In Roger Crippin v HMRC  UKFTT 0351 (TC), the First-tier Tribunal (FTT) held that a three-bedroom annex to a main property qualified for principal private residence (PPR) relief.
Roger Crippin (the Appellant) purchased his home and an annex in one transaction. He converted the annex into a flat with three bedrooms. The flat was capable of being a separate dwelling and had a separate entrance. It was connected to the main property by a first-floor balcony. The main house and annex were so close that you could see into each property from the other.
Once converted, family friends informally occupied the annex, paying contributions for running expenses, although there was no formal letting agreement. Throughout the relevant period, the Appellant's family had unfettered access to the annex and on occasion stayed in the property. They also kept some of their belongings inside the annex. The Appellant's parents also stayed at the property overnight when the family friends were away.
The annex was later marketed and let as a holiday let. This was within the final 36 months of ownership prior to the Appellant selling the annex to his partner, with whom he shared his home. The Appellant did not report the disposal of the annex for capital gains tax (CGT) purposes.
HMRC assessed the disposal of the annex to CGT tax. The Appellant appealed the assessment on the basis that it formed part of his principal private residence and therefore qualified for PPR relief.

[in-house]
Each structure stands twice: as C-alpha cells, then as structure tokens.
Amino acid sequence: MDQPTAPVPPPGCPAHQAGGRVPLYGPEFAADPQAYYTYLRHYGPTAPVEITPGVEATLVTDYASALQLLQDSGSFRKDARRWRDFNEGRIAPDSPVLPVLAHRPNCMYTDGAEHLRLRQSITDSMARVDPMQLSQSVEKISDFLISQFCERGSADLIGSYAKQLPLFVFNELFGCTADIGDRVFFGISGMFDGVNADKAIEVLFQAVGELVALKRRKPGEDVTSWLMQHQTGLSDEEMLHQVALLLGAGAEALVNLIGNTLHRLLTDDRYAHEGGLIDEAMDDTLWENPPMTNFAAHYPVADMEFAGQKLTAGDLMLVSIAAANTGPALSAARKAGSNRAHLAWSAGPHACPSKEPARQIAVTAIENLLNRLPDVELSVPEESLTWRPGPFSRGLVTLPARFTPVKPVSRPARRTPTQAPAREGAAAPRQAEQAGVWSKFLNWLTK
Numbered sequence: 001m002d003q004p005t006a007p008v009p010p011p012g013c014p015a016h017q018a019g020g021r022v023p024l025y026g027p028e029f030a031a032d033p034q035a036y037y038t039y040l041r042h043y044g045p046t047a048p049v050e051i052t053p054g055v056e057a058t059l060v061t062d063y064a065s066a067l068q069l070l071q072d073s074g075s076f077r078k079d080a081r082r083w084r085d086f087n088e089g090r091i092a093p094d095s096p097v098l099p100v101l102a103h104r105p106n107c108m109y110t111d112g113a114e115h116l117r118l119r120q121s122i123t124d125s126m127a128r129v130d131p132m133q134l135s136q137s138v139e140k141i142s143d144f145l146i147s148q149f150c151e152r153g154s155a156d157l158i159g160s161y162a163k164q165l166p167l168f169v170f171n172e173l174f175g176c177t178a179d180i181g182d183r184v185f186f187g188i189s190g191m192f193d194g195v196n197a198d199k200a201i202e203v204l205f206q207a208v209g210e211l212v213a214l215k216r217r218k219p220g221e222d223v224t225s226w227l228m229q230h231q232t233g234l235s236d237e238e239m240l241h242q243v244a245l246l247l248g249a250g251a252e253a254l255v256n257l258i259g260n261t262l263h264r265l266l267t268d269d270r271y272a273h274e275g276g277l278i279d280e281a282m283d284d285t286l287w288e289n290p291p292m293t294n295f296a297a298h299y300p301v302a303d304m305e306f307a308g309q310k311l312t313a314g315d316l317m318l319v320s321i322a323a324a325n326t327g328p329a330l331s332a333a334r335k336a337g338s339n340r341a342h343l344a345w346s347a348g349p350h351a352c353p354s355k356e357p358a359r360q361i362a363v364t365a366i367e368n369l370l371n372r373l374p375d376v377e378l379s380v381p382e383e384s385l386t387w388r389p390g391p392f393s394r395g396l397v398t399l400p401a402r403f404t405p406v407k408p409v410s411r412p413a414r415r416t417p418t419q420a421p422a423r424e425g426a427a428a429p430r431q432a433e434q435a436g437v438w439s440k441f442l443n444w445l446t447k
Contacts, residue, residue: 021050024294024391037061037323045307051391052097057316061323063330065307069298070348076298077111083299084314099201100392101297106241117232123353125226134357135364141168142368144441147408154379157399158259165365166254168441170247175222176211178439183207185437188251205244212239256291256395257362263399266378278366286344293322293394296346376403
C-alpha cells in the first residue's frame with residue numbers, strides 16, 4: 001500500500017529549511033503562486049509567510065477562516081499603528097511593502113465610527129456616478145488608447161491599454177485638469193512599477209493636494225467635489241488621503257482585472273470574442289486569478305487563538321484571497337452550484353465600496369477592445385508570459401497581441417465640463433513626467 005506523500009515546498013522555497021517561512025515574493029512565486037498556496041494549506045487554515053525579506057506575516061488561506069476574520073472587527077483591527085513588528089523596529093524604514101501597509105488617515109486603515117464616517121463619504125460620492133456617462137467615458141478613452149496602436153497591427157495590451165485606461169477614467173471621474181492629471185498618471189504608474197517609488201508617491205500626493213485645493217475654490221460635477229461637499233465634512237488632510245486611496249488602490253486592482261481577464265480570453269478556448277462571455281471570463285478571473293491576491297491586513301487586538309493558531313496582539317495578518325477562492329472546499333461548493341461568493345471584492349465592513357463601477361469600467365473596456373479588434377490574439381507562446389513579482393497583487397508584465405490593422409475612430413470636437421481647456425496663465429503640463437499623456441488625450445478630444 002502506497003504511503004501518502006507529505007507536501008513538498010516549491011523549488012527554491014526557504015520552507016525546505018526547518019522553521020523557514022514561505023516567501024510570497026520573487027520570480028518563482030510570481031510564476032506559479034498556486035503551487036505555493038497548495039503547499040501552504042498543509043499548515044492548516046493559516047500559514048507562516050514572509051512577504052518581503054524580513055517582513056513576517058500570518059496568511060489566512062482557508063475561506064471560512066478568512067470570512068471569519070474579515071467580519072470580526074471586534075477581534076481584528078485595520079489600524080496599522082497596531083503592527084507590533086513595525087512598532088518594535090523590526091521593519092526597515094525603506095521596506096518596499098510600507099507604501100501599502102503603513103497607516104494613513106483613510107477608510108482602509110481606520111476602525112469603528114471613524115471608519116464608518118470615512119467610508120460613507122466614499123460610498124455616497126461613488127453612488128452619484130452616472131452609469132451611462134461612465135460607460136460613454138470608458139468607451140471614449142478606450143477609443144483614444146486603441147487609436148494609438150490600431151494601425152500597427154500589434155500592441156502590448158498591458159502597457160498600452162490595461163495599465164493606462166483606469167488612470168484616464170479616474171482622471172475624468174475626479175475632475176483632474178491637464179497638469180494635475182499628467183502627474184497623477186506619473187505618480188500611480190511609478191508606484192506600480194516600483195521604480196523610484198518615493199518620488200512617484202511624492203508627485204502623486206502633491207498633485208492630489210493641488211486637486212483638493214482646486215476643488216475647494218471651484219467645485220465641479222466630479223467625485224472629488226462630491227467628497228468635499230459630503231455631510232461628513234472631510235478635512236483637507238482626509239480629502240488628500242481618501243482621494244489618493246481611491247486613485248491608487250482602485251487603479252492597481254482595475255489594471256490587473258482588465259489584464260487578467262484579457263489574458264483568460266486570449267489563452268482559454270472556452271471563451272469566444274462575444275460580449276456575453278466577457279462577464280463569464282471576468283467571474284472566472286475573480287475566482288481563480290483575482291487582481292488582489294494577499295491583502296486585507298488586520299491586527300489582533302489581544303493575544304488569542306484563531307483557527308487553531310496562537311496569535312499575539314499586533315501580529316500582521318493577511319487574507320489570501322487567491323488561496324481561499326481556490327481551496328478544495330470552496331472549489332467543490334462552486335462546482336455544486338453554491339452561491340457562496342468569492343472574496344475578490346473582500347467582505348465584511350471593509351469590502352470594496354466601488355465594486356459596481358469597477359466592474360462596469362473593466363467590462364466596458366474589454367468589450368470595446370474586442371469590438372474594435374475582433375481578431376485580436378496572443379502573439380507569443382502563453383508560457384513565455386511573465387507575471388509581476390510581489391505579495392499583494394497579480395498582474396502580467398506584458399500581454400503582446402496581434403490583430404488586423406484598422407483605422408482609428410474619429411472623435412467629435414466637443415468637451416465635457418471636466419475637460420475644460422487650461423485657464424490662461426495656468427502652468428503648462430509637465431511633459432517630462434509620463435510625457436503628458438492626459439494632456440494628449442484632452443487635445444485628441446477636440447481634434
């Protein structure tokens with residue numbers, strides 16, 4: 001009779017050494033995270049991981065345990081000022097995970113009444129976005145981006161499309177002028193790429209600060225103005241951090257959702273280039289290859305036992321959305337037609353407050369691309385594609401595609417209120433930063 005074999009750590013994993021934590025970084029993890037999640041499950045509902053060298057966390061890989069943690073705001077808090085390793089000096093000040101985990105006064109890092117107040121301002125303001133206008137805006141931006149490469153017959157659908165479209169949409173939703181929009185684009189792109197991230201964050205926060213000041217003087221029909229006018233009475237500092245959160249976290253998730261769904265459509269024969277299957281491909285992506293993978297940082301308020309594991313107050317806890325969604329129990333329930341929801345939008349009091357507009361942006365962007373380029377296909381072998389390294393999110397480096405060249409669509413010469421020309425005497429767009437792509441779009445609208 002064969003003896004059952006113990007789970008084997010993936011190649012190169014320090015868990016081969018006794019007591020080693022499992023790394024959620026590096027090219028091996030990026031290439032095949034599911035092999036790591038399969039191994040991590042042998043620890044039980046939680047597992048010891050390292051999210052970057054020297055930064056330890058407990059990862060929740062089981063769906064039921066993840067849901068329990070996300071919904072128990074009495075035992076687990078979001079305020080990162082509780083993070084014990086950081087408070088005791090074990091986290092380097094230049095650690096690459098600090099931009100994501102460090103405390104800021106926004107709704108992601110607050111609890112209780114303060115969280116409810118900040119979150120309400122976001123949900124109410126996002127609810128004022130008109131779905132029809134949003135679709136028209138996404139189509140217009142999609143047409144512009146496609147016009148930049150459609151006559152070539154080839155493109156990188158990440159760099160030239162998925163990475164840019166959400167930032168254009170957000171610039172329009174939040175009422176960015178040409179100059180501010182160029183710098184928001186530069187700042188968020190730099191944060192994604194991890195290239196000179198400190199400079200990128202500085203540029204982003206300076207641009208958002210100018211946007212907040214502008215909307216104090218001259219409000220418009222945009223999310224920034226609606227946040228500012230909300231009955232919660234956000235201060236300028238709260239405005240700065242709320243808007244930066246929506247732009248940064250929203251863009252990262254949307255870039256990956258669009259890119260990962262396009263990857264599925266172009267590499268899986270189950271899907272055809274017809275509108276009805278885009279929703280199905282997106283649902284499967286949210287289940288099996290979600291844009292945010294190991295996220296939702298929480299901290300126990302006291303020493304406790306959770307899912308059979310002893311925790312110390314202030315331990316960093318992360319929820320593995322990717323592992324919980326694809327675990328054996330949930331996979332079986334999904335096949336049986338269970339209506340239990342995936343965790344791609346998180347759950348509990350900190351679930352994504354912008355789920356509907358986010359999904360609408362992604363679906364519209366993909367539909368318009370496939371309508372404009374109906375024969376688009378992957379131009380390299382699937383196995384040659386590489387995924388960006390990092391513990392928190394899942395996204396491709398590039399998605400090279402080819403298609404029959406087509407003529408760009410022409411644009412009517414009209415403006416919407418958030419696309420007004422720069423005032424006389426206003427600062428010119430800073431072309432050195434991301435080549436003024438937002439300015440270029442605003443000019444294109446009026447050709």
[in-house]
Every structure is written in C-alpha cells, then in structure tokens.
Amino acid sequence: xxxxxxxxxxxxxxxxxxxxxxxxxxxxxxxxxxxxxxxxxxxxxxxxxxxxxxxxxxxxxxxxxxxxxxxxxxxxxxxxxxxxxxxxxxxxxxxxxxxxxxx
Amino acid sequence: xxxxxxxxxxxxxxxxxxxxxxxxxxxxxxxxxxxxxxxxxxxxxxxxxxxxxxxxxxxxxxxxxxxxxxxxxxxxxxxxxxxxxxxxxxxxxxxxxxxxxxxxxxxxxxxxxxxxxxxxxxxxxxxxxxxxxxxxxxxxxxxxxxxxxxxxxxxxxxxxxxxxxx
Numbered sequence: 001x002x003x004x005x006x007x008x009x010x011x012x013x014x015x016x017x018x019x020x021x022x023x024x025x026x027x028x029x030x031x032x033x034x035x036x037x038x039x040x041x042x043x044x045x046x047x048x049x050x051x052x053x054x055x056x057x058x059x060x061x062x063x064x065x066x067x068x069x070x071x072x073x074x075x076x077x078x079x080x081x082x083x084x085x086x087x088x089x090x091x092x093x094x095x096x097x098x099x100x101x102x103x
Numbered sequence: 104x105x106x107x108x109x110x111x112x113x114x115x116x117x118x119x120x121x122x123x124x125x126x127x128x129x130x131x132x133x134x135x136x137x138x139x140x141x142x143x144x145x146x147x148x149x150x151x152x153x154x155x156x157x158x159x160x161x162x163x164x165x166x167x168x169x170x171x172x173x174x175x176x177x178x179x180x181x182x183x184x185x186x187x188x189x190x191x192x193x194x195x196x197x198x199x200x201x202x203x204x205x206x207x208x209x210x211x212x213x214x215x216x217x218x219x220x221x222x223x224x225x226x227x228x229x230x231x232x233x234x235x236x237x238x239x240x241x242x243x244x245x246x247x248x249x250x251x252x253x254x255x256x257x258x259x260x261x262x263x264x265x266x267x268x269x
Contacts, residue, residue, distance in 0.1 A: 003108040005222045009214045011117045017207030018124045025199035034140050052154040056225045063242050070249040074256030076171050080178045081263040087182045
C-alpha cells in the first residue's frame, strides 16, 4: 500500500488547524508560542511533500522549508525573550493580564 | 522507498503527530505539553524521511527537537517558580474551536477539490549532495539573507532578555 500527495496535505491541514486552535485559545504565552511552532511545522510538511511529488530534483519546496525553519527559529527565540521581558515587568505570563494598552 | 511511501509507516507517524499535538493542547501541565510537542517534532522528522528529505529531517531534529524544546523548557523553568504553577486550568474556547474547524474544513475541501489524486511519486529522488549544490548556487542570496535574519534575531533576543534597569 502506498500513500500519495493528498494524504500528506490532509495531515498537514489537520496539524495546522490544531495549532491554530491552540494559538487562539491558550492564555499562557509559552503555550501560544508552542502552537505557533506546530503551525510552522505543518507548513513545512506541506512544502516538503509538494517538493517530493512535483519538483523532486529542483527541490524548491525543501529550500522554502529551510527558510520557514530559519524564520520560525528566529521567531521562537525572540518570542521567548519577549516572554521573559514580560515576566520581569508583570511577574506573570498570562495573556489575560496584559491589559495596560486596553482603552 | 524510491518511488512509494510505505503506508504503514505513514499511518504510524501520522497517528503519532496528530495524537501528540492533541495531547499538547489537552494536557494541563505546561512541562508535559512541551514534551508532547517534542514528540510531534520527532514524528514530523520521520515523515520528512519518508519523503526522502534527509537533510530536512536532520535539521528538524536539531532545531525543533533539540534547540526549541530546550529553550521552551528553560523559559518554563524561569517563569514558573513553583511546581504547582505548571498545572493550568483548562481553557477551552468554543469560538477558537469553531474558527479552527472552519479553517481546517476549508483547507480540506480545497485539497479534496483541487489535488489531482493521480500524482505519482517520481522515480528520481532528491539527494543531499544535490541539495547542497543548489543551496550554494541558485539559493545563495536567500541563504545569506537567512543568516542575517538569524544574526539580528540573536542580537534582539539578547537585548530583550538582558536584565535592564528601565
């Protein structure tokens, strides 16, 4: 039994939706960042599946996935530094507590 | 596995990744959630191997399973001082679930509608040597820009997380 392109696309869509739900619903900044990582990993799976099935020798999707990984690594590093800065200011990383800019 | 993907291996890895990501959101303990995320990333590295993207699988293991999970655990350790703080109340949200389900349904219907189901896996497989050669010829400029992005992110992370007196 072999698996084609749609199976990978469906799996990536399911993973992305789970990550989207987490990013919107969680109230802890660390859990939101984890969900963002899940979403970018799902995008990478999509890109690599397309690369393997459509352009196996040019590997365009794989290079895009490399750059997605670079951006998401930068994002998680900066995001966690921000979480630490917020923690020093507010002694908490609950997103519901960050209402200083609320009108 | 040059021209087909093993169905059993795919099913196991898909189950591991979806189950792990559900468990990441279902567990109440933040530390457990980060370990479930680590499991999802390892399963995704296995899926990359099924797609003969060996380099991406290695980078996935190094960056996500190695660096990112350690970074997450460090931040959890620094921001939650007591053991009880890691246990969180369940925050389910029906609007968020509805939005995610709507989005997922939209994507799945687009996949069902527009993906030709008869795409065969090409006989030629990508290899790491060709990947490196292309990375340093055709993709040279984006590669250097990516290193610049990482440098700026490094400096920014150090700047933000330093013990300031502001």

The appeal was allowed.
The FTT concluded that a physically separate entity could form part of a main residence following Lewis (Inspector of Taxes) v Lady Rook  STC 171.
In deciding whether the annex formed part of, and was "ancillary to", the Appellant's main residence, the FTT took into account the fact that the family had kept some of their belongings in the property for the whole period in which it was occupied by friends and had let family members including the Appellant's grandparents stay in the property. In the opinion of the FTT, this was sufficient to establish that the annex was occupied as part of the Appellant's main residence, despite being a dwelling house in its own right and separate to the main property.
This decision demonstrates the importance of retaining access to, and personal use of, any properties developed "within the curtilage" of a taxpayer's primary residence, for the purpose of PPR relief.
The FTT found that, the annex only formed part of the main residence until the holiday letting began to be advertised. The friends had used it on an informal basis and that did not prevent it being part of the main residence and PRR was therefore available. However, from the time it was advertised it could not be regarded as part of the Appellant's main residence.
This decision, together with the Court of Appeal's decision in Lewis, provide helpful guidance to taxpayer's who wish to claim PPR relief when disposing of separate properties which are ancillary to a main residence.
The decision can be viewed here.